Plaintiff's separation of powers arguments do not withstand analysis. Neither the Federal nor the State Constitution proscribes determination of compensation for a taking by a commission rather than a court. Thus in Bauman v Ross (167 U.S. 548, 593) the Supreme Court approved of commissioners "appointed by a court or by the executive" and former subdivision (b) of section 7 of article I of the New York Constitution, which was repealed in 1964 as "obsolete and superfluous" (McKinney's Cons Laws of NY, Book 2, NY Const, Art I, § 7, Historical Note), authorized determination of compensation by commissioners. Plaintiff's emphasis on our reference in Matter of Keystone Assoc. v Moerdler (19 N.Y.2d 78, 89) to the determination of compensation as a judicial function is misplaced. What was there held, as the citation of Matter of City of New York (Fifth Ave. Coach Lines) (18 N.Y.2d 212, 218) shows, was that the Legislature may not itself fix compensation, not that it may not authorize the first instance determination of compensation by commissioners or a commission, subject to later judicial review.
Nothing in article VI of the New York Constitution requires a contrary conclusion. United Baking Co. v Bakery & Confectionery Workers' Union (257 App Div 501), on which plaintiff relies, is distinguishable, for there the agency's findings would not have been subject to review (id., at p 506), whereas under section 828 the commission's determination is subject to review, in the instant case, in this proceeding and, in cases not similarly arising, by article 78 review. Nor does subdivision b of section 7 of article VI of the Constitution require, as plaintiff suggests, that the Supreme Court have "concurrent jurisdiction along with any other court or agency" (emphasis supplied). The subdivision makes no reference whatsoever to agencies as distinct from courts and plaintiff points to nothing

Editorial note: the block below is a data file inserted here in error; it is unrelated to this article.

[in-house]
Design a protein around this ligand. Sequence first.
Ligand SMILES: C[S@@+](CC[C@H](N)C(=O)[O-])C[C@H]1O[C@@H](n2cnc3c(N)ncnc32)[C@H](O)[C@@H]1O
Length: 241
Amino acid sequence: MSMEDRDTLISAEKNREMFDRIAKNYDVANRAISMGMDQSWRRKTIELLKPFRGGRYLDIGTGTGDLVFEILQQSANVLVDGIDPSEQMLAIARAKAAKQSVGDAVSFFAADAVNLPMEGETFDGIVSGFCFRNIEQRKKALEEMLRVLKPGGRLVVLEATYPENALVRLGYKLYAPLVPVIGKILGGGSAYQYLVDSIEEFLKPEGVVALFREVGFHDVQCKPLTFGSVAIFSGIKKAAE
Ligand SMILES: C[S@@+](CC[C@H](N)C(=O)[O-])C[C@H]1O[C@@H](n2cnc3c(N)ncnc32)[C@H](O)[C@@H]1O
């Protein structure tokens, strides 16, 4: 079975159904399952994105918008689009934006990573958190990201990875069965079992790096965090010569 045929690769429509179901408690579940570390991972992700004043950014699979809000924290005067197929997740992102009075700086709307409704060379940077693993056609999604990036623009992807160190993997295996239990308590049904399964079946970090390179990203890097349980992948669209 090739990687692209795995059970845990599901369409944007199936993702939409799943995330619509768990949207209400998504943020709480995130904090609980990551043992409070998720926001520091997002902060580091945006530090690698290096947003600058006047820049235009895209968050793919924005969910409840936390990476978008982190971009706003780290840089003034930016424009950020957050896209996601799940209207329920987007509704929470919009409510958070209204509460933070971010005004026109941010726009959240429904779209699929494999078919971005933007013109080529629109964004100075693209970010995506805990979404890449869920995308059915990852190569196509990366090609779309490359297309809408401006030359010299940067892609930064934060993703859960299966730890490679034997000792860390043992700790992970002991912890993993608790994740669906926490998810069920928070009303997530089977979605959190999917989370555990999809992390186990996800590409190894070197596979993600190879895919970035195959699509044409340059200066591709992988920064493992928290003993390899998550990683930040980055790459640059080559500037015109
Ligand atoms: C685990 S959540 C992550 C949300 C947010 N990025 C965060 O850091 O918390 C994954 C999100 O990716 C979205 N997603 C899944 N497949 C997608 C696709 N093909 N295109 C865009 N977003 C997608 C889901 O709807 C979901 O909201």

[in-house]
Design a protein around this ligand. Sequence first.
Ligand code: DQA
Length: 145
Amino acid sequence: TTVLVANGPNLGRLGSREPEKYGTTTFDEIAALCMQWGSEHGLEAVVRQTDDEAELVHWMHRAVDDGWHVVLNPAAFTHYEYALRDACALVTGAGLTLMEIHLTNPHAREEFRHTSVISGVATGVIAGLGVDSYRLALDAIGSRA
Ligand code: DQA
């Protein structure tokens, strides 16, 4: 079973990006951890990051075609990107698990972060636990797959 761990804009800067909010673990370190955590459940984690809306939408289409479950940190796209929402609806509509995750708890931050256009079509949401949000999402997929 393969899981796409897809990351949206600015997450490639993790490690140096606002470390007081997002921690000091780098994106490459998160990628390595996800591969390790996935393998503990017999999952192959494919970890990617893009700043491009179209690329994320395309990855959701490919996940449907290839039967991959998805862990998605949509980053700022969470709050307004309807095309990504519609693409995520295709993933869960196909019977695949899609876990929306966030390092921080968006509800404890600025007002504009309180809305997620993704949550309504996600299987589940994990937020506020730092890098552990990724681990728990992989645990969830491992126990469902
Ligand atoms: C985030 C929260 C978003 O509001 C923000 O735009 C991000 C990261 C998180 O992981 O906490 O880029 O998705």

Although advance payment or the provision of security for payment of compensation is the general rule when property is taken for a private use, neither is an absolute in the law of just compensation (Brickett v Haverhill Aqueduct Co., 142 Mass. 394; see Cherokee Nation v Kansas Ry. Co., 135 U.S. 641; Matter of American Tel. & Tel. Co. of N. J., 128 N.J.Super. 238). The Constitution does not require that the statutory aim of "rapid development of the cable television industry" (Executive Law, § 811; see, also, § 815, subd , par [d], cl [iii]) be frustrated under the circumstances of this case, where TelePrompter has proceeded in good faith under a statutory license not conditioned upon the advance payment of or security for compensation but which must now, as a result of the Supreme Court's ruling, be construed to require adequate compensation. The critical inquiry is whether the due process requirement of just compensation has been met. Where, as here, so far as the record discloses (1) the amount receivable by any single property owner is small, (2) the damage to such an owner's property by attachment of cable facilities relatively insignificant, (3) TelePrompter has offered in light of the Supreme Court's ruling to post a bond, and (4) the powers of the commission are broad enough to encompass a requirement by rule or order or both of advance payment or security as deemed necessary to assure the adequacy of compensation as to both amount and certainty of payment and Special Term on remand to it will have similar power, there is reasonable certainty that plaintiff and the members of the class as finally determined will receive just compensation for the takings that have resulted from TelePrompter's various entries pursuant to statutory leave. It would, of course, had the statutory scheme been envisioned by the Legislature as a taking, have been better had the statute included explicit provisions dealing with the problem. Under the circumstances of this case, however, it would be an exaltation of form over substance to invalidate the statutory license,